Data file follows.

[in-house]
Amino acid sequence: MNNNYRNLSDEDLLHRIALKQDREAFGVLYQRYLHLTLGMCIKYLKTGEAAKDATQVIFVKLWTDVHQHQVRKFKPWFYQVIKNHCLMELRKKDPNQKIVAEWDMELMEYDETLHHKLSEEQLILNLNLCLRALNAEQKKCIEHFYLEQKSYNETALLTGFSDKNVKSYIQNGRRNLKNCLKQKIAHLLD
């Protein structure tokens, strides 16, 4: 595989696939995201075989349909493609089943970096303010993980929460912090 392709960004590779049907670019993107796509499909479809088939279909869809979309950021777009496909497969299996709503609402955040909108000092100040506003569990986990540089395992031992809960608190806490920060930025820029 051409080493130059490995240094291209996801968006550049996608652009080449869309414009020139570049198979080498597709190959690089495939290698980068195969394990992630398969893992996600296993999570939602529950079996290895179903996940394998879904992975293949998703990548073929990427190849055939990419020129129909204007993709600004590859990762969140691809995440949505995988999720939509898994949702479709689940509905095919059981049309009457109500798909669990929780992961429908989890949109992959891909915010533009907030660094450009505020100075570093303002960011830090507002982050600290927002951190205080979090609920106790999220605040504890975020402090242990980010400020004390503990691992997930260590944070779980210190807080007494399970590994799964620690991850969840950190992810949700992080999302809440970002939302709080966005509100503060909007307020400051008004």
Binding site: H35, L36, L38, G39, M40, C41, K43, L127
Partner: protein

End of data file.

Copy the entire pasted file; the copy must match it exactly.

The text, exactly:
[in-house]
Amino acid sequence: MNNNYRNLSDEDLLHRIALKQDREAFGVLYQRYLHLTLGMCIKYLKTGEAAKDATQVIFVKLWTDVHQHQVRKFKPWFYQVIKNHCLMELRKKDPNQKIVAEWDMELMEYDETLHHKLSEEQLILNLNLCLRALNAEQKKCIEHFYLEQKSYNETALLTGFSDKNVKSYIQNGRRNLKNCLKQKIAHLLD
């Protein structure tokens, strides 16, 4: 595989696939995201075989349909493609089943970096303010993980929460912090 392709960004590779049907670019993107796509499909479809088939279909869809979309950021777009496909497969299996709503609402955040909108000092100040506003569990986990540089395992031992809960608190806490920060930025820029 051409080493130059490995240094291209996801968006550049996608652009080449869309414009020139570049198979080498597709190959690089495939290698980068195969394990992630398969893992996600296993999570939602529950079996290895179903996940394998879904992975293949998703990548073929990427190849055939990419020129129909204007993709600004590859990762969140691809995440949505995988999720939509898994949702479709689940509905095919059981049309009457109500798909669990929780992961429908989890949109992959891909915010533009907030660094450009505020100075570093303002960011830090507002982050600290927002951190205080979090609920106790999220605040504890975020402090242990980010400020004390503990691992997930260590944070779980210190807080007494399970590994799964620690991850969840950190992810949700992080999302809440970002939302709080966005509100503060909007307020400051008004």
Binding site: H35, L36, L38, G39, M40, C41, K43, L127
Partner: protein